• Oladipo is the most-discussed Pacer on the trade market, but Myles Turner appears to be available as well. He'd give the Warriors near-Gobert-caliber rim-protection, but with legitimate 3-point shooting. While we're on the phone here, it wouldn't hurt to ask about T.J. Warren. He's probably not available, but his low-maintenance offensive game would fit like a glove in Golden State. Money is the issue here. Turner doesn't make enough for the Pacers to take on Wiggins, and they probably wouldn't be thrilled about that idea anyway, but the Warriors can't absorb Turner into their trade exception as he will make just a hair too much next season ($17.5 million). 
  • Portland has no trading ambition whatsoever, but hear me out: Wiggins and No. 2 for Jusuf Nurkic, Gary Trent Jr., Trevor Ariza and No. 16. The Warriors fill their center slot and get two 3-and-D wings (one of whom is young and cheap) along with another first-round pick. The Blazers get to take two swings on potential long-term partners for Damian Lillard and C.J. McCollum. Maybe Lillard's leadership turns Wiggins into the defender Portland has always needed. Probably not, but hey, the Blazers are long overdue for a high-risk, high-reward trade. 
  • This isn't a dump Wiggins move, but Looney and No. 2 for Josh Richardson and Matisse Thybulle is worth floating by Philadelphia. For the 76ers, it's essentially a chance to reboot starting from the Markelle Fultz pick. Edwards or Ball could be their second chance at a long-term third star. For the Warriors, it's two more 3-and-D wings for their pile. It would also be a chance to buy low on Richardson. Remember, he was Miami's leading scorer during the 2018-19 season. He's better than last season suggests. 
  • The following rookie-scale players make any degree of sense in one-for-one swaps involving the No. 2 pick: O.G. Anunoby, Lauri Markkanen, Wendell Carter Jr., Cam Reddish, Brandon Clarke and Mikal Bridges. My guesses: the Warriors are rejected soundly on Anunoby, Clarke and Bridges, both sides turn down the Atlanta deal, and Golden State isn't interested in the Chicago big men. I very, very badly wanted to include Luguentz Dort. He defended LeBron better than anyone on this list aside from Anunoby, just scored 30 points in a Game 7 and is owed only $5 million over the next three seasons, but even I couldn't talk myself into trading the No. 2 pick for him.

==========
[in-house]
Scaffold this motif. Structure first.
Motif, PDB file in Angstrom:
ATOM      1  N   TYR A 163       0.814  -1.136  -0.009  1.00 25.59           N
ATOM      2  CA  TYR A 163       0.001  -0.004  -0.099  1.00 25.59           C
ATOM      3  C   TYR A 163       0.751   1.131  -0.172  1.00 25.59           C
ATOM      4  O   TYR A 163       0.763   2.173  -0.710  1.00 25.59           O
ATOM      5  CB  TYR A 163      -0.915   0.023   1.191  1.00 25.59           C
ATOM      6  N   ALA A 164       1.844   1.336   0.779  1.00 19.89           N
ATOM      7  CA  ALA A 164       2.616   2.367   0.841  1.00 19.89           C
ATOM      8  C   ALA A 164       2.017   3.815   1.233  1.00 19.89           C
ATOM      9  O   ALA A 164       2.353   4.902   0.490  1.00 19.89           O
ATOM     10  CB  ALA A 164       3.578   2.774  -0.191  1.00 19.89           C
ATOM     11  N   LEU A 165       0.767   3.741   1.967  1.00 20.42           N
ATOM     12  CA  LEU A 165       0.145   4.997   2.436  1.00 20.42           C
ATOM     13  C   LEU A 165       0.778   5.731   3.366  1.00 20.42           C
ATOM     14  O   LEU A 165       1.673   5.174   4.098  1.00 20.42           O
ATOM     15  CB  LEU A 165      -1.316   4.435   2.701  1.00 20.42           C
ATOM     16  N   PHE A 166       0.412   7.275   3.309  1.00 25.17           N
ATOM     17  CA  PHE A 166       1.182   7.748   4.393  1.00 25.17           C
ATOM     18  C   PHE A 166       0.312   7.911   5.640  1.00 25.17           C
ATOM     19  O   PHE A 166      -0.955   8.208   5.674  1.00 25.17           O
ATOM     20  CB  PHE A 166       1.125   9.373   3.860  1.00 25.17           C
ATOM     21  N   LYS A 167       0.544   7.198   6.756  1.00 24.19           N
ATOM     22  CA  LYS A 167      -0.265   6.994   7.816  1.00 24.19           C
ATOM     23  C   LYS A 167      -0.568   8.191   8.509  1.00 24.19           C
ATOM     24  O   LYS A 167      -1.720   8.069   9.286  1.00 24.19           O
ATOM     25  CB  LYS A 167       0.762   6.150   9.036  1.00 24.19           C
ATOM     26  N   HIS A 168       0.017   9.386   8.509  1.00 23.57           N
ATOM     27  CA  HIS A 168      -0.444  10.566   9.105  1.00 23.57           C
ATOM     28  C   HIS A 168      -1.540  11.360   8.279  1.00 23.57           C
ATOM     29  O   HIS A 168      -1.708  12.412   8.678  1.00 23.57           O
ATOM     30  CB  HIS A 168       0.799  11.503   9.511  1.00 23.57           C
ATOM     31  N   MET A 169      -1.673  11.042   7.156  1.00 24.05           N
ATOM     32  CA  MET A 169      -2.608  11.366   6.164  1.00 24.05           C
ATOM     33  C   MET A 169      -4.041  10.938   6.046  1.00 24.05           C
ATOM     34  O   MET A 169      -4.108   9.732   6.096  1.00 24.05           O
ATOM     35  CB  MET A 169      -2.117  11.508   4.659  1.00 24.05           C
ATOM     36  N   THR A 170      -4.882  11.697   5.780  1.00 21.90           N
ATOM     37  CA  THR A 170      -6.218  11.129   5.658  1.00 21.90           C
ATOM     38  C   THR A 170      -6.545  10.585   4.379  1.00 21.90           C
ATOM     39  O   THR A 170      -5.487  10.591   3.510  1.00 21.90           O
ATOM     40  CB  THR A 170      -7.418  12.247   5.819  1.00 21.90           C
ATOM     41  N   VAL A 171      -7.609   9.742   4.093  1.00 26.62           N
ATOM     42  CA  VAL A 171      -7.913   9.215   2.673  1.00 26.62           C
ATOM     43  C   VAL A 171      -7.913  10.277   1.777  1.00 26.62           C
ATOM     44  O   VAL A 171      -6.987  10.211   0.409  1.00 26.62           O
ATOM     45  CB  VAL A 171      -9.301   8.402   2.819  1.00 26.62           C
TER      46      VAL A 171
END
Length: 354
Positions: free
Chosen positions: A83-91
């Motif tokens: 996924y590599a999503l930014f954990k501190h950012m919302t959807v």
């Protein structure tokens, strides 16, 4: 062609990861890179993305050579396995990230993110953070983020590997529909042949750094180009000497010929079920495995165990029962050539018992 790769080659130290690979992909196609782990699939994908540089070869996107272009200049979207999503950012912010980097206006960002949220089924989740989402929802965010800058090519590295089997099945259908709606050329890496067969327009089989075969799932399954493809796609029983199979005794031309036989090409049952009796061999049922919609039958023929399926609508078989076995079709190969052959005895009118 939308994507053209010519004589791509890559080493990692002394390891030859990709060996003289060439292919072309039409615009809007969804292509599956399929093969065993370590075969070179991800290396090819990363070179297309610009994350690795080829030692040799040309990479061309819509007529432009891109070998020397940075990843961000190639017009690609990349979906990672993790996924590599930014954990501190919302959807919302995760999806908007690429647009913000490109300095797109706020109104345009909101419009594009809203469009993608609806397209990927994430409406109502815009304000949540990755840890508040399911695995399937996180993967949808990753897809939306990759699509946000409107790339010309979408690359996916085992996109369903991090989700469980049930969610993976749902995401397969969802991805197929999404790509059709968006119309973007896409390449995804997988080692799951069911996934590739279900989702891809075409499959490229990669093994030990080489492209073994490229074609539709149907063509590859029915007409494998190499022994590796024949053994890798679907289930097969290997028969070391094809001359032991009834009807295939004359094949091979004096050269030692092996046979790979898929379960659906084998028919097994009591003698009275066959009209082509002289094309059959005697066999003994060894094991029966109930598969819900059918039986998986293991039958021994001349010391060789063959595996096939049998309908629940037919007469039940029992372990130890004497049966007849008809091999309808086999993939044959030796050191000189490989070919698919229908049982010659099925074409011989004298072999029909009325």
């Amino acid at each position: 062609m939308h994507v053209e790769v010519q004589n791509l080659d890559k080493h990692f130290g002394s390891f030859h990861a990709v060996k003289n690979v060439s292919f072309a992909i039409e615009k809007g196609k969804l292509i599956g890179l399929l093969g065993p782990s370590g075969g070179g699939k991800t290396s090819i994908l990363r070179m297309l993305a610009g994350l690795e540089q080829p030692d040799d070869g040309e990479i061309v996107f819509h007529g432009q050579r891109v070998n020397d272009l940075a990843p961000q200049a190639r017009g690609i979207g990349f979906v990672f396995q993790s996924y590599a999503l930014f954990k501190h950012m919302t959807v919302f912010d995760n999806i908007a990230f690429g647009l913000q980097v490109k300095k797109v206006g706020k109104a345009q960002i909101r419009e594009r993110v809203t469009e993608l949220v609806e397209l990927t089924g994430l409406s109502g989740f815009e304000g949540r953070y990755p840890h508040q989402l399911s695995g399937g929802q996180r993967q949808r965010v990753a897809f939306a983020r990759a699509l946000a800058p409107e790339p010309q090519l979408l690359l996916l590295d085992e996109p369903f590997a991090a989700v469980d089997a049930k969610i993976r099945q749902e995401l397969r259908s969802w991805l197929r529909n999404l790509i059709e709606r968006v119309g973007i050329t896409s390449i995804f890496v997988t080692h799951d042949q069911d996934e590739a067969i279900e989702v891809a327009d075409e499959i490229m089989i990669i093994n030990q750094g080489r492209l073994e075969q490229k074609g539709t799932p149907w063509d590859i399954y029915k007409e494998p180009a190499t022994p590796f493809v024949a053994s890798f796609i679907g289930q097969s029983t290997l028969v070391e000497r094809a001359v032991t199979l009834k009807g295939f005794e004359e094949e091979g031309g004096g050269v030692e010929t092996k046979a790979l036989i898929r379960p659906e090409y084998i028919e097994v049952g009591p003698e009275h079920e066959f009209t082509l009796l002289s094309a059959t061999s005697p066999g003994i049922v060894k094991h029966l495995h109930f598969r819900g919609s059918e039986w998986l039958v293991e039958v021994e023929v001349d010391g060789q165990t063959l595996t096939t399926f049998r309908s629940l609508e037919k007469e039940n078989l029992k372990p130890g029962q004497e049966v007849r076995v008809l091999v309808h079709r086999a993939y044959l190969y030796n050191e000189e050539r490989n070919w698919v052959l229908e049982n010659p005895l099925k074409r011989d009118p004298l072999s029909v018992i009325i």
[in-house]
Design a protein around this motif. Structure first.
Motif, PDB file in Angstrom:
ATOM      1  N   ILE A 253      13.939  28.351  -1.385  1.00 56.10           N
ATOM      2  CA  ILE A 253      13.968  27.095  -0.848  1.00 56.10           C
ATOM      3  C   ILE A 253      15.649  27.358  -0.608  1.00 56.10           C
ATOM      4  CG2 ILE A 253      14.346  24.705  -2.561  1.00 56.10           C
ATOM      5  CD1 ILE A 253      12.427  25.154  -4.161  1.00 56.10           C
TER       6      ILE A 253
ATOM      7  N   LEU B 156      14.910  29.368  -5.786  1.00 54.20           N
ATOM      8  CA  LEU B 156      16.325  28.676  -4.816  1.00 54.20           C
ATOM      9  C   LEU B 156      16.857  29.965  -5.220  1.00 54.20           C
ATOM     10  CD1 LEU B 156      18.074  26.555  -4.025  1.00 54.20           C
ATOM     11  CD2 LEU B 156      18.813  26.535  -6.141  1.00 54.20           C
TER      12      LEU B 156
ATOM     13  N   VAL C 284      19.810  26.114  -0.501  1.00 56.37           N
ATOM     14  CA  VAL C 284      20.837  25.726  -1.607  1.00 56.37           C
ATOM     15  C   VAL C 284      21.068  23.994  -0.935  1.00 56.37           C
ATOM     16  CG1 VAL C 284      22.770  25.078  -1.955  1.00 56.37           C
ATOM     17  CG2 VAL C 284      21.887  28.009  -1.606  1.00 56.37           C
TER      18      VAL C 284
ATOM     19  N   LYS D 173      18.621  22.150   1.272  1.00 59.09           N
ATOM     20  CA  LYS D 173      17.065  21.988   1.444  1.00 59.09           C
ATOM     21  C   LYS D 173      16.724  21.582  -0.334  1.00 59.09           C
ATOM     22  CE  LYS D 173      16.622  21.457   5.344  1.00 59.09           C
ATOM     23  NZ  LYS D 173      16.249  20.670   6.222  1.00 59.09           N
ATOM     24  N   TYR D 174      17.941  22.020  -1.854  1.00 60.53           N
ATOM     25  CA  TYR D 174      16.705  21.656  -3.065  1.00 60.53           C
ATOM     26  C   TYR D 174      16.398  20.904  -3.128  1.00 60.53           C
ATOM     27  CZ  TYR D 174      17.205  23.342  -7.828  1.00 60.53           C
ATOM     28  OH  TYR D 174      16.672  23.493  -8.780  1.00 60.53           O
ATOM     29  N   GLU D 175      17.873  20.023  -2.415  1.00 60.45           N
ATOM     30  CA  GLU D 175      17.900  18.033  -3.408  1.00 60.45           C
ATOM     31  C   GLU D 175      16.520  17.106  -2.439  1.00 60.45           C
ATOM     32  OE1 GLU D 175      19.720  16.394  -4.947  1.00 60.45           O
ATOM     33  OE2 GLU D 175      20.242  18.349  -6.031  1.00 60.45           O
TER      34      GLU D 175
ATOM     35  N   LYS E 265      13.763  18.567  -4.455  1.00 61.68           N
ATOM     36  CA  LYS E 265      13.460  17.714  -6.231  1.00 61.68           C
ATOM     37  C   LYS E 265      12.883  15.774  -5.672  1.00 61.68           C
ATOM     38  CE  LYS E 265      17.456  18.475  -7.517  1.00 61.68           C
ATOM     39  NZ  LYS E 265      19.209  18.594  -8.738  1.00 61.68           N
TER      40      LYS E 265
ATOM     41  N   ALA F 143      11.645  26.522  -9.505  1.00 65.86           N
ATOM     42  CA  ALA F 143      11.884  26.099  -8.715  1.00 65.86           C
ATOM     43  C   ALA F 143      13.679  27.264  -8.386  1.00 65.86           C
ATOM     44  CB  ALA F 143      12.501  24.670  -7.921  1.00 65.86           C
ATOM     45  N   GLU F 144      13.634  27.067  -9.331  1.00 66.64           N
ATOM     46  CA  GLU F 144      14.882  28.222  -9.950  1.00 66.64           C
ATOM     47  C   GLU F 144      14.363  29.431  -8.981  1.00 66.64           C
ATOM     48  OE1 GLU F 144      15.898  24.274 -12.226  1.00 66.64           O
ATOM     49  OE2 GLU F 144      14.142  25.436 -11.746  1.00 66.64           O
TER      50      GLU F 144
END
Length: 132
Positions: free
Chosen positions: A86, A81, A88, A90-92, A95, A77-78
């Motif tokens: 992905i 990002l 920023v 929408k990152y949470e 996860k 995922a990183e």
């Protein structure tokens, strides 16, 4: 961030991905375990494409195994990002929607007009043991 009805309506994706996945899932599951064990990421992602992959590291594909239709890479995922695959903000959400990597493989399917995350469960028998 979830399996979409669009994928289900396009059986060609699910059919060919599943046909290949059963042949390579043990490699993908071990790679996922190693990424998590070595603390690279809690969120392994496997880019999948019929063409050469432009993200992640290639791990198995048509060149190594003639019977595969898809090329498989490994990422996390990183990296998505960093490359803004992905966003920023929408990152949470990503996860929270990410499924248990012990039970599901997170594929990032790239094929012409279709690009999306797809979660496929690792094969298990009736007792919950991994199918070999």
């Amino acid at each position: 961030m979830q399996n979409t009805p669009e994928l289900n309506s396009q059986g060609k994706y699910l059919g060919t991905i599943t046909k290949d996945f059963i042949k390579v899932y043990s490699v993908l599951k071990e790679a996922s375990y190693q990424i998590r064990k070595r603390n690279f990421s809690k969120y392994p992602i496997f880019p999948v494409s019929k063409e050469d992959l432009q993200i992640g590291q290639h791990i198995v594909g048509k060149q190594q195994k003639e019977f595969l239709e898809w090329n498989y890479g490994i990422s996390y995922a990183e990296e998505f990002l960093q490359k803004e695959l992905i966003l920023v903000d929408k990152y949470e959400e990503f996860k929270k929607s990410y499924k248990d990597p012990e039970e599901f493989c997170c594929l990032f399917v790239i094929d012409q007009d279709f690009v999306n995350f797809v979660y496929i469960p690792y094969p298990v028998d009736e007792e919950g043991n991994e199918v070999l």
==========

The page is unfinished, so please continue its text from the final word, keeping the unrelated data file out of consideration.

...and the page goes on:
• Golden State should be open about moving down from No. 2 to virtually anywhere in the top 10. The most enticing possibility is the Knicks. If they're desperate for Ball's star-power to offer Mitchell Robinson to jump up, the Warriors should accept in a heartbeat. That isn't all that likely, but a more realistic package involving future Knicks picks isn't a bad idea either. 
  • I don't think Sacramento would have any interest in a Wiggins-for-Harrison Barnes trade, but they're similar contracts, and the Warriors obviously know how to win with Barnes. If it takes a future pick to make that swap feasible, they should go for it. If nothing else, reviving a version of the Death Lineup with Barnes back would create some incredible nickname potential. Give me the Undead Lineup. 
  • This involves too much reading of the tea leaves, but it's worth noting: Tilman Fertitta cited James Harden, Russell Westbrook, Eric Gordon and P.J. Tucker as reasons not to rebuild. He left Robert Covington out. Covington fits neatly into the Iguodala exception. If the Warriors can clear the cash to use some of that exception, either the Timberwolves pick or multiple Warriors picks should be offered, just in case. The Rockets are desperate to save money themselves. It might actually work. 

The overarching point here is, Golden State will not want for options. If the Warriors keep an open mind, there are going to be interesting offers. It's ultimately going to come down to their asking price. If they wait for a perfect offer, they're going to miss out on a bunch of good ones. 

What would an ideal offseason look like?

Keeping the No. 2 pick doesn't make sense. If this were a normal draft, it might, but the Warriors want to win the championship right now and there isn't a player in this class that seems particularly able to help them do that. The Minnesota pick gives them another chance at a young star in a year, and holding onto it makes far more contextual sense. That pick is in a better draft, and it has no salary attached for the 2020-21 season.